Macronutrients, often called macros, are most commonly used term when it comes to eating a healthy diet or losing weight. There are three types of macronutrients: carbohydrates, proteins, and fats.

Macronutrients provide energy to your body and allows it to function properly. The following table contains the information on tempeh macronutrients, while reading further will give you a better understanding on each of these macronutrients.

Carbohydrate3% DV7.64 g
Protein41% DV20.3 g
Fat14% DV10.8 g

Vitamin Content

Tempeh are excellent source of Vitamin B2 (Riboflavin).

They also contain a good amount of Vitamin B3 (Niacin), and Vitamin B6 (Pyroxidine) and some Vitamin B1 (Thiamine), Vitamin B5 (Pantothenic acid), and Vitamin B9 (Folate).

Here's the full tempeh vitamin content per 100g:

Vitamin A0% DV0 IU
Vitamin C0% DV0 mg
Vitamin D0% DV0 µg
Vitamin B1 (Thiamine)7% DV0.078 mg
Vitamin B2 (Riboflavin)28% DV0.358 mg
Vitamin B3 (Niacin)17% DV2.64 mg
Vitamin B5 (Pantothenic acid)6% DV0.278 mg
Vitamin B6 (Pyroxidine)13% DV0.215 mg
Vitamin B9 (Folate)6% DV24 µg
Vitamin B12 (Cobalamin)3% DV0.08 µg
Vitamin E0% DV0 mg
Vitamin K0% DV0 µg

Mineral Content

Tempeh are excellent source of Copper, and Manganese.

They also contain a good amount of Iron, Magnesium, Phosphorus, and Zinc and some Calcium, and Potassium.

Here's the full tempeh mineral content per 100g:

Calcium9% DV111 mg
Copper62% DV0.56 mg
Fluoride0% DV0 mg
Iron15% DV2.7 mg
Magnesium19% DV81 mg
Manganese57% DV1.3 mg
Phosphorus21% DV266 mg
Potassium9% DV412 mg
Selenium0% DV0 μg
Sodium0% DV9 mg
Zinc10% DV1.14 mg

Protein and Amino Acid Profile

Tempeh contain 20.3 g of protein per 100 g, or in other words, tempeh provide 10.57 g of protein per 100 kcal.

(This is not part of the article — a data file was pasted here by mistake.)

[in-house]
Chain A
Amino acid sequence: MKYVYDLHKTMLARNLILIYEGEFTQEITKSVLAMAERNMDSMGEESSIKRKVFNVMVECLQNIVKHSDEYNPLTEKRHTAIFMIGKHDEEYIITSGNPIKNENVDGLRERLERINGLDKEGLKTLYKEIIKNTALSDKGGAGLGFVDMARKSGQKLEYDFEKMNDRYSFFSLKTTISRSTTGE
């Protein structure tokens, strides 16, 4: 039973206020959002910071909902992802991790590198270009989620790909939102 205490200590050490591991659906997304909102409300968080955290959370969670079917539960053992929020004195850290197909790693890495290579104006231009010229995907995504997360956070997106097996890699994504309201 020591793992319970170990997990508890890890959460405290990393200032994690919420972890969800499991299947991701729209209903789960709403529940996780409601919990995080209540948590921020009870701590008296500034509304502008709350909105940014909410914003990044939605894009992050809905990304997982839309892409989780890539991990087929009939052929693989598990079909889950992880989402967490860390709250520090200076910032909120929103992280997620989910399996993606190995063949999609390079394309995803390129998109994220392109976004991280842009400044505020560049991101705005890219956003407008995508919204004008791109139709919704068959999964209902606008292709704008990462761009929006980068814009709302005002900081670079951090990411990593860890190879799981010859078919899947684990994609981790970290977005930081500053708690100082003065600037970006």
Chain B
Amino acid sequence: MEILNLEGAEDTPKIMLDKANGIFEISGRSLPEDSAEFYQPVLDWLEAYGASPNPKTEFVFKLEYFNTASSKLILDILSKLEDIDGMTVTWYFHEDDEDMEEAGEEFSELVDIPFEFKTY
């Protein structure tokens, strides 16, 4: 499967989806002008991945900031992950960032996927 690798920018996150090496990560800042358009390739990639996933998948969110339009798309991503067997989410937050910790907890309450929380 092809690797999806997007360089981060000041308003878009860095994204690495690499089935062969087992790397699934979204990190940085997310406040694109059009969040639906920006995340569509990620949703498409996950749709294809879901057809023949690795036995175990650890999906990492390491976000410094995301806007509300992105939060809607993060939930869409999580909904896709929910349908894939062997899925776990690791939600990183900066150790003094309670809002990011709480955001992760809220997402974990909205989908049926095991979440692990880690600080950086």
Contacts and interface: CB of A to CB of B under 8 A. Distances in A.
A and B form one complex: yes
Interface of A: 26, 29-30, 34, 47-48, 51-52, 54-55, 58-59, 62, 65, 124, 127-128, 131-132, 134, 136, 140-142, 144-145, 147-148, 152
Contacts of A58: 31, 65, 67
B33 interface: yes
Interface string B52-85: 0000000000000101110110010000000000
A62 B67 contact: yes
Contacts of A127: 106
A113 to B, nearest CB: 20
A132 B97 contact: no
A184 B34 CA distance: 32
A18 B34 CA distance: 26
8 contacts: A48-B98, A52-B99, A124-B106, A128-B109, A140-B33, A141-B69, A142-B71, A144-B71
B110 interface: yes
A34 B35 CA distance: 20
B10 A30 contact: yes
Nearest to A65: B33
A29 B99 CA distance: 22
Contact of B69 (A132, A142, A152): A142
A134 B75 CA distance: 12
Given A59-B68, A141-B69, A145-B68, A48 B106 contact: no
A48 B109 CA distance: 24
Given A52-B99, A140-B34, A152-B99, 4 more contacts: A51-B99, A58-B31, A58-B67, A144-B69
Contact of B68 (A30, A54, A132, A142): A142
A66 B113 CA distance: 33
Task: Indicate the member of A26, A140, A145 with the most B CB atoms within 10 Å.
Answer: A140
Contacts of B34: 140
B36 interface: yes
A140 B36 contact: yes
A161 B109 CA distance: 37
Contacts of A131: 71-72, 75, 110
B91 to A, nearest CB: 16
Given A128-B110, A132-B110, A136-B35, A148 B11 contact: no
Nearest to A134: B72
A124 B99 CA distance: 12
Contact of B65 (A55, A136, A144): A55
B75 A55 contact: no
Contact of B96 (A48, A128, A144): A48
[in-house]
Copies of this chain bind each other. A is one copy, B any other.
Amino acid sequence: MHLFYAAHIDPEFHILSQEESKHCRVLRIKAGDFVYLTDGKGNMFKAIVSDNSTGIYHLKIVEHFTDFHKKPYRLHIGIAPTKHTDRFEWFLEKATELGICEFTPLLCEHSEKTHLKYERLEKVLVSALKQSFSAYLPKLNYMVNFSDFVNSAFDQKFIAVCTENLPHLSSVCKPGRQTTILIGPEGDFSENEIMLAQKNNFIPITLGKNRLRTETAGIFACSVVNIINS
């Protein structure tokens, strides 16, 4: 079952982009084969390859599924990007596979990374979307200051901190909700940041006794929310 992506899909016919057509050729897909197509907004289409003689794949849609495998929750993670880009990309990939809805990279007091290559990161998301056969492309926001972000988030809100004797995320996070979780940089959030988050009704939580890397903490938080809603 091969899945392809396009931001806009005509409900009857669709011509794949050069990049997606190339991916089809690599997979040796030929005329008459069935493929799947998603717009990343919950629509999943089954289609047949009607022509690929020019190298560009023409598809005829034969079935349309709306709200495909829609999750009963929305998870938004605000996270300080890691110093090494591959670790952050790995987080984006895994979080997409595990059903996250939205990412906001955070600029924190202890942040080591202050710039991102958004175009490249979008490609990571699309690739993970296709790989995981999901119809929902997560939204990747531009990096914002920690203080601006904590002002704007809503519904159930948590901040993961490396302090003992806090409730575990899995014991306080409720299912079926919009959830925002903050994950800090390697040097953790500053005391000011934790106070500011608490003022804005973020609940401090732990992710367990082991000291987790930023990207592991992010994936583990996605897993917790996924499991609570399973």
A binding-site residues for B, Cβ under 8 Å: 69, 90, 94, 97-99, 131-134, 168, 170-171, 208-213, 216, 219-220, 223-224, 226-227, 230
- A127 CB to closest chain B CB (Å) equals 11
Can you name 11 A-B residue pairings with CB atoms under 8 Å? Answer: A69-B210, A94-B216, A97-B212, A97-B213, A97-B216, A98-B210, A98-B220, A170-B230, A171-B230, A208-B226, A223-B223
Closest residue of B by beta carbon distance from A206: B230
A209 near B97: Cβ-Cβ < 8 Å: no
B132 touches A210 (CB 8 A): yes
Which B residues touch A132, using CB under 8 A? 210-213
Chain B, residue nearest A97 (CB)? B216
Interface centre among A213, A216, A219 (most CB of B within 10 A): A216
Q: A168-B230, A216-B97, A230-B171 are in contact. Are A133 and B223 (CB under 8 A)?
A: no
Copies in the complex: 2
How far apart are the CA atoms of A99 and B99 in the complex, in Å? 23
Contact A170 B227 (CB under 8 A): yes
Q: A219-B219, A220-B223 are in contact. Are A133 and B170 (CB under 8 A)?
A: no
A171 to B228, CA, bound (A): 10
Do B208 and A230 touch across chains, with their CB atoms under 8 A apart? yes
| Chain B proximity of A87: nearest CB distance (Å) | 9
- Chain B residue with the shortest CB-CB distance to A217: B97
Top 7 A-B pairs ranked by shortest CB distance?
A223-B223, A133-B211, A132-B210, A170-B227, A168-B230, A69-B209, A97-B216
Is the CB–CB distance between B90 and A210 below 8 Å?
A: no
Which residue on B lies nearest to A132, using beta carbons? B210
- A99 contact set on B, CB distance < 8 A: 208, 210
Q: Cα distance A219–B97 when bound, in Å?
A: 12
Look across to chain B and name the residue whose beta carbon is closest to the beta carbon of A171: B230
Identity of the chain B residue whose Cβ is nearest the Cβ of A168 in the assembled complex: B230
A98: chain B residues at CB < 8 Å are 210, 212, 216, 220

Similarly to most other plant proteins, protein in tempeh contain all nine essential amino acids, however, they are a little bit low in lysine, and methionine.

Histidine OK62% DV0.466 g
Isoleucine OK59% DV0.88 g
Leucine OK48% DV1.43 g
Lysine Low40% DV0.908 g
Methionine Low16% DV0.175 g
Phenylalanine OK60% DV0.893 g
Threonine OK69% DV0.796 g
Tryptophan OK65% DV0.194 g
Valine OK47% DV0.92 g

Fat Breakdown

Around 51% of the calories in tempeh are from fat. Tempeh have 10.8 grams or 14% of recommended daily values per 100g.

Saturated fat and trans fat can increase cholesterol levels and increase the heart disease risk.

Tempeh fat content mostly consists of healthy unsaturated fats.

According to FDA, dietary cholesterol should be kept below 300 mg per day. Luckily, tempeh is cholesterol free.

Tempeh do not contain trans fats. Trans fats should be kept as low as possible.

Total Fat14% DV10.8 g
Saturated Fat13% DV2.54 g
Monounsaturated Fatdo not have a %DV3.2 g
Polyunsaturated Fatdo not have a %DV4.3 g
Trans Fatsdo not have a %DV0 g
Cholesterol0% DV0 mg

Carbohydrate Breakdown

16% of the calories in tempeh come from carbohydrates.

Carbs in tempeh are mostly starch (99%), followed by fiber and sugars.

When it comes to sugars, tempeh are almost sugar-free.

Total Carbohydrate3% DV7.64 g
Dietary Fiber0% DV0 g
Sugars0% DV0 g

Articles related to Tempeh


Holy Peas has strict sourcing guidelines and draws only from high-quality sources, including peer-reviewed studies, academic research institutions, and medical journals, associations and government institutions. Read more about our process.